Debt of Honor: Disabled Veterans in American History

“There is a real necessity to bridge the gap between civilians and those who have served in the military. It is our hope that the film will encourage a candid discussion in communities across the country, and create understanding and awareness of the sacrifices involved in military service.”— Ric Burns, American documentary filmmaker and writer 

A disabled veteran is taught woodworking as part of a vocational training program.A disabled veteran is taught woodworking as part of a vocational training program.Otis Historical Archives Disabled veterans hold a unique place in the history of veterans in the United States, one that palpably illustrates the human cost of war, and speaks to the enormous sacrifices of military service. Debt of Honor examines the way in which the American government and society as a whole have regarded disabled veterans throughout history, beginning in the aftermath of the Revolutionary War through today’s continuing conflicts in the Middle East.

Watch videos, view photos and read more about the film below.

Stories of Service

Full Episode | Debt of Honor

Aired: 2015-11-10 55:19 Expires: 11/11/21 Rating: TV-PG

Examine the reality of warfare and disability from the perspective of disabled veterans.

More About the Film

As advances in field medicine markedly reduce the number of deaths in the battlefield, increased numbers of veterans are coming home with severe injuries. These soldiers carry both visible and invisible scars of war, and their readjustment back into civilian life is often complicated by the psychological trauma and physical wounds sustained in battle. Today, with the United States fighting the longest war in its history, it has become imperative to create a bridge between civilians and soldiers, forging ties with the 1 percent of Americans who comprise the nation’s military.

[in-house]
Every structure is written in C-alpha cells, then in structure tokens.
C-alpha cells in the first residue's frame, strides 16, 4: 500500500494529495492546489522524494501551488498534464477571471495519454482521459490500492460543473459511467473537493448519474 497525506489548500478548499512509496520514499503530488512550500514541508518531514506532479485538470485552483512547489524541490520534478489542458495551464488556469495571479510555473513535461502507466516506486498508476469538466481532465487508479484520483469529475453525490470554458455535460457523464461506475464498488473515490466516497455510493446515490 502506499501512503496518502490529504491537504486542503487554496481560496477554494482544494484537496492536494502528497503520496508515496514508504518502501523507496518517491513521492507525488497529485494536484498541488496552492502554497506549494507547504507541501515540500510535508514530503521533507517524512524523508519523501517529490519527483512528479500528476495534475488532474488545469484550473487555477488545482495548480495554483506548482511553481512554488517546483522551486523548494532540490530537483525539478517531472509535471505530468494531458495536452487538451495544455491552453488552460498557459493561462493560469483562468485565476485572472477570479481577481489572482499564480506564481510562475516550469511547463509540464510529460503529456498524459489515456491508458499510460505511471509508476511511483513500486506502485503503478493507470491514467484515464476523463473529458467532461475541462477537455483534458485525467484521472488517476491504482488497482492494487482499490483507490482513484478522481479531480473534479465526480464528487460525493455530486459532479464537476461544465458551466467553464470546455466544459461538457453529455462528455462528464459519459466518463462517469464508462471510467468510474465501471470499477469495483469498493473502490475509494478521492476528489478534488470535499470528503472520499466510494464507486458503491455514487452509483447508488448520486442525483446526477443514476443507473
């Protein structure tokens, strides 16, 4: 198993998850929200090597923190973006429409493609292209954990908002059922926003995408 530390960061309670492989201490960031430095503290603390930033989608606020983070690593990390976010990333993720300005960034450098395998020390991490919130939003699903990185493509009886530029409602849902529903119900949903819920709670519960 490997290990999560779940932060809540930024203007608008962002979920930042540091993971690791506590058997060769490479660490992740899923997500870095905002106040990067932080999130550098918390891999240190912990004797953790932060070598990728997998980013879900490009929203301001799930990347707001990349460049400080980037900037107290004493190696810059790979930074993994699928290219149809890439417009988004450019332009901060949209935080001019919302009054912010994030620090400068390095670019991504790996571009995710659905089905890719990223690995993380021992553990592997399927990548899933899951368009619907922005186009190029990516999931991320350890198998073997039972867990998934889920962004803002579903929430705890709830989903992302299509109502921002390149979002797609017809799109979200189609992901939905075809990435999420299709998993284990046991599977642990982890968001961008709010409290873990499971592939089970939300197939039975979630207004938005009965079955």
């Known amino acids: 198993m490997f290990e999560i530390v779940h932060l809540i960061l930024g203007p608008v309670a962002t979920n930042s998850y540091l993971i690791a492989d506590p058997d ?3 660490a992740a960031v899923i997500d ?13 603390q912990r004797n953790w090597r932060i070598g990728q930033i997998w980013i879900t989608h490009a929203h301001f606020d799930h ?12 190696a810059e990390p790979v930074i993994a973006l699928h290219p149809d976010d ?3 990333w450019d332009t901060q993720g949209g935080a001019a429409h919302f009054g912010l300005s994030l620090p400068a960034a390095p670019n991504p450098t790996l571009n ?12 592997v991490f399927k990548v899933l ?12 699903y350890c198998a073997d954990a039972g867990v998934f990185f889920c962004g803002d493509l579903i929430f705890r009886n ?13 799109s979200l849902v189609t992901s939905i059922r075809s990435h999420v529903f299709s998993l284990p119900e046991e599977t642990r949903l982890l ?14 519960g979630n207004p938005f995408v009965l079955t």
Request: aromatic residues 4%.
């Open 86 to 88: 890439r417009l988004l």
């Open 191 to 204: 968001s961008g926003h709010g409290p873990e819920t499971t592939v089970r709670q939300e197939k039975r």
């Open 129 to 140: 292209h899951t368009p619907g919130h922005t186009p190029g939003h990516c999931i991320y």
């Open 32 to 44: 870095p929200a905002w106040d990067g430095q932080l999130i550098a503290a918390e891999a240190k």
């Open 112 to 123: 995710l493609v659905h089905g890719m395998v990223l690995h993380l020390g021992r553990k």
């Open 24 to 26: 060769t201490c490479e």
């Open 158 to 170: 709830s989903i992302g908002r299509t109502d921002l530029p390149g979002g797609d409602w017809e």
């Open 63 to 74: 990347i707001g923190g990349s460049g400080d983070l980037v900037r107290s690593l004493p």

Debt of Honor seeks to understand the societal perception of soldiers and the wars they fight, exploring the repercussions of the growing divide between civilians and those who serve. Above all, it seeks to build a new bridge between military and civilian cultures in the United States, to inspire an important dialogue about how Americans treat their veterans, and to impart a message of compassion and mutual understanding.

A Closer Look at Debt of Honor

The film features deeply moving interviews with prominent veterans, including Representative Tammy Duckworth, former Georgia Senator Max Cleland, former Commander of Fort Belvoir Gregory Gadson and author and motivational speaker J.R. Martinez, as well as leading academics in the fields of disability studies, American history and psychiatry, including University of Pennsylvania Professor Beth Linker; author of War’s Waste: Rehabilitation in World War I America; David A. Gerber, Director Emeritus of the Centre for Disability Studies, University at Buffalo, SUNY; Dr. Charles Marmar, Director of the Steven & Alexandra Cohen Veterans Center at NYU Langone Medical Center; and James Wright, President Emeritus and Eleazar Wheelock Professor of History at Dartmouth College.

The interviews are rounded out with the inspiring story of Pvt. J.R. Martinez, who sustained burns over 40 percent of his body while stationed in Iraq when the convoy he was travelling in struck an IED, as well as poignant commentary from Admiral Mike Mullen, 17th Chairman of the Joint Chiefs of Staff, and Thomas Lynch, poet and undertaker.

 

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